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  • Did AIPAC help fund an Islamophobic group's attack-ad on J Street?

    If an AIPAC spinoff did, in fact, help fund an attack on J Street it suggests the powerful lobby feels increasingly threatened by the upstart progressive Jewish group. By Eli Clifton The American Israel Public Affairs Committee (AIPAC) is going to have a challenging time at its annual policy conference this weekend persuading attendees and those watching at home that it has healed the partisan rift it opened by investing millions of dollars in opposing the Iran nuclear deal. Following Trump’s election, partisanship in Washington had reached an all-time high, making AIPAC’s role in currying bipartisan support for new Iran…

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  • What 'putting Iran on notice' really means

    It’s high time for the United States to interject some realism into discussions about Iranian missiles. By Greg Thielmann Iran’s January 29 flight test of a medium-range ballistic missile helped prompt an ominous if ambiguous warning by U.S. National Security Advisor Michael Flynn on February 1: “As of today, we are officially putting Iran on notice.” Since it is facing so many other international crises, it is curious that the new administration gives such a prominent place to Iranian missile testing, which poses no existential threat to the United States or its allies and is not prohibited by the Iran…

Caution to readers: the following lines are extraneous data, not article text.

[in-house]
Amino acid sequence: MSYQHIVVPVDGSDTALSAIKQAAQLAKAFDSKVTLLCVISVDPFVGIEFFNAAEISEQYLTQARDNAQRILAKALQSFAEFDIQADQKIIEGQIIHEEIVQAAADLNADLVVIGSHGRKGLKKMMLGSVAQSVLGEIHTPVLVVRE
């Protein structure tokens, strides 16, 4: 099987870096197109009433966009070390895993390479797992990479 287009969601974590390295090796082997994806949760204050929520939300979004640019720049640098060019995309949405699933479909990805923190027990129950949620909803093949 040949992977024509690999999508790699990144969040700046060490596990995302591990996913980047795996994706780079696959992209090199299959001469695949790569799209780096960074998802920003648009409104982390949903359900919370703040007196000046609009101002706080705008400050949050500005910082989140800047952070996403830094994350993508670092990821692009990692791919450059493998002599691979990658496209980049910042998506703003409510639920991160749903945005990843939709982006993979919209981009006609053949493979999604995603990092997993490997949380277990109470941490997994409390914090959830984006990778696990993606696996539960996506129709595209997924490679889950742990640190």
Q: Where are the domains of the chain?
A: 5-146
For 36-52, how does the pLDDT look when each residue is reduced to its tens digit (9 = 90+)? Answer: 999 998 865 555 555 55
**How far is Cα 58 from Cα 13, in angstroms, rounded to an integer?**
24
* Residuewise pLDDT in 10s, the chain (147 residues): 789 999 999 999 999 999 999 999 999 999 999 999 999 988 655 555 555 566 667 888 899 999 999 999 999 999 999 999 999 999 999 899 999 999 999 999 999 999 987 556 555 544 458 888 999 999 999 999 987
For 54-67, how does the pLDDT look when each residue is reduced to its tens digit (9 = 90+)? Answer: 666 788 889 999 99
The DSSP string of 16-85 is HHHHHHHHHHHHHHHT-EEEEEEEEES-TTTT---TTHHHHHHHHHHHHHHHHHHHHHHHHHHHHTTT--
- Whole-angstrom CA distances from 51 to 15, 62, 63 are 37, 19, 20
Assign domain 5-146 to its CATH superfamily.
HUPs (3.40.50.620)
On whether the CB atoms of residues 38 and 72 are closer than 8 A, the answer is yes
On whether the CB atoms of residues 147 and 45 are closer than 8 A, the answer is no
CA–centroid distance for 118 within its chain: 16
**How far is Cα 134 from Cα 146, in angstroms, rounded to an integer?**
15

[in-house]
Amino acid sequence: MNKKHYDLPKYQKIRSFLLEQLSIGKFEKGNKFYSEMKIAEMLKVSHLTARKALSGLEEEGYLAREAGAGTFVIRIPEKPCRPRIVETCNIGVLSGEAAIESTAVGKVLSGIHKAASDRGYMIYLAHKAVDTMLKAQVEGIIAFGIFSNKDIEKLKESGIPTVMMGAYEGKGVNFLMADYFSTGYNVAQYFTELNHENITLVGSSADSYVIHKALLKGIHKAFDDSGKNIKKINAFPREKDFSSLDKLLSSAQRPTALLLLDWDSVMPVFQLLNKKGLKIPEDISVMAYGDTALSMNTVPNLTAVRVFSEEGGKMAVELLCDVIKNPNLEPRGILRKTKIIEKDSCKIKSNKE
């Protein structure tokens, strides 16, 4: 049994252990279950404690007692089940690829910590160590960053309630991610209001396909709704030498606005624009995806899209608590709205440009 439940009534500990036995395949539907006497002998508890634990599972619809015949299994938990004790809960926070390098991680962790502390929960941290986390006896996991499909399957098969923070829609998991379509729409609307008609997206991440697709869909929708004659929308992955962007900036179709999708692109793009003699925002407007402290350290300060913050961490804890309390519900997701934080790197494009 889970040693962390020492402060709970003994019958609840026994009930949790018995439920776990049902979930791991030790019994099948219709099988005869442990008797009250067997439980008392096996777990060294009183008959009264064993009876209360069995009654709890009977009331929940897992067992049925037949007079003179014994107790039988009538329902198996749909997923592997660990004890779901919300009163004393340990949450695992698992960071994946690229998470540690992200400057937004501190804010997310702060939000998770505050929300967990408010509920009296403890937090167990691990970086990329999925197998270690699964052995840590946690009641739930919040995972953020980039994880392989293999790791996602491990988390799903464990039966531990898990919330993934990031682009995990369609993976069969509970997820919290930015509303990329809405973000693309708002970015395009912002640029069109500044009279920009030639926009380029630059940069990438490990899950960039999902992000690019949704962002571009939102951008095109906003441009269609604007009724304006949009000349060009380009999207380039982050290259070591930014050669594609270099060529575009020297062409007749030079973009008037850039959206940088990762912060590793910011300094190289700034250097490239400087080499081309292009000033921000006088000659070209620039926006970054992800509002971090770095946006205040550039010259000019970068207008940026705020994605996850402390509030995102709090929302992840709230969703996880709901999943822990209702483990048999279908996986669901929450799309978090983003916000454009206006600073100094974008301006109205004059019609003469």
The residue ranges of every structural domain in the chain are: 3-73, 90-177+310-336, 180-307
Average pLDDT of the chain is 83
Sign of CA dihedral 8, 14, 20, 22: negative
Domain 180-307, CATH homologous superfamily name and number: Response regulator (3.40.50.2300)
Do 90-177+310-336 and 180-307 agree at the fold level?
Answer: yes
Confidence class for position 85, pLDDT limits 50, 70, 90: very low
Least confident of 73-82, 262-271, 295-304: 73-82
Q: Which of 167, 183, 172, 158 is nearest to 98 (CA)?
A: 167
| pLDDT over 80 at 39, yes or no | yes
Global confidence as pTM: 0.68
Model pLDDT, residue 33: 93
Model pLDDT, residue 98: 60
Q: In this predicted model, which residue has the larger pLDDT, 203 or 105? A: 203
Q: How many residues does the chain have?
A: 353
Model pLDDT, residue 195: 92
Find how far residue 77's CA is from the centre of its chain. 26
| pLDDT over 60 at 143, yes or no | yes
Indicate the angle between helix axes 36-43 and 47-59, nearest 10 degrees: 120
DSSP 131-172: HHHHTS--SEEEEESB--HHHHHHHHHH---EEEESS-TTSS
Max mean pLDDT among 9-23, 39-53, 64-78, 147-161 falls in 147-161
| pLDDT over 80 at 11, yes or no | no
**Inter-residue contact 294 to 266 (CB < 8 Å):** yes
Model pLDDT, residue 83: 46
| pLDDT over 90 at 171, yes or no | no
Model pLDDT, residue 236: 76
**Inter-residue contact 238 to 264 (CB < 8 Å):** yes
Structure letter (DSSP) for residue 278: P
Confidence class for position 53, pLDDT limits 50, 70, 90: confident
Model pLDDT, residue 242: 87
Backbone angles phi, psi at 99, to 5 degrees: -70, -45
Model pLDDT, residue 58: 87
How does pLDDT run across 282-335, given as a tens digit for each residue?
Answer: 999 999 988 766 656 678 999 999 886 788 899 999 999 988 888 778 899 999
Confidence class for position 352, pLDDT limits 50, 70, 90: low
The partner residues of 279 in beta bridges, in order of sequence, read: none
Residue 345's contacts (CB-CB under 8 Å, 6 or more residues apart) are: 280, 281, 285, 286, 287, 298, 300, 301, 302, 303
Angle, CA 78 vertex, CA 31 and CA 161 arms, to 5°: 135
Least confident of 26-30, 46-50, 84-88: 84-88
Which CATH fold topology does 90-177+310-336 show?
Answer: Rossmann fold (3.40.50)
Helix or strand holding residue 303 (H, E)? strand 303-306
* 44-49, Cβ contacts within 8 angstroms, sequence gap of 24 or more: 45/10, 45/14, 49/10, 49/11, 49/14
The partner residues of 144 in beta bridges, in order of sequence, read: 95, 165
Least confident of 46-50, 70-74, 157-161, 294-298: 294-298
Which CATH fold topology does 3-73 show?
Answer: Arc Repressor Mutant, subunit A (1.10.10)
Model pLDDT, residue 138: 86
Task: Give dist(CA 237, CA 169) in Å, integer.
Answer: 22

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  • Trump and Ahmadinejad: A tale of two fantasists

    Donald Trump and former Iranian President Mahmoud Ahmadinejad have plenty in common — including a propensity for outlandish claims and bombastic speeches that veer into messianism. By Jim Lobe It was almost a year ago that Shervin Malekzadeh published a brief but incisive essay — which we republished immediately after the November 8 election — on the striking parallels between then-candidate Donald Trump and former Iranian President Mahmoud Ahmadinejad. Among other similarities, he noted: As populists gifted with a preternatural ability to understand their country’s low mood, Trump and Ahmadinejad possess the authenticity of the non-politician and newcomer who says what he…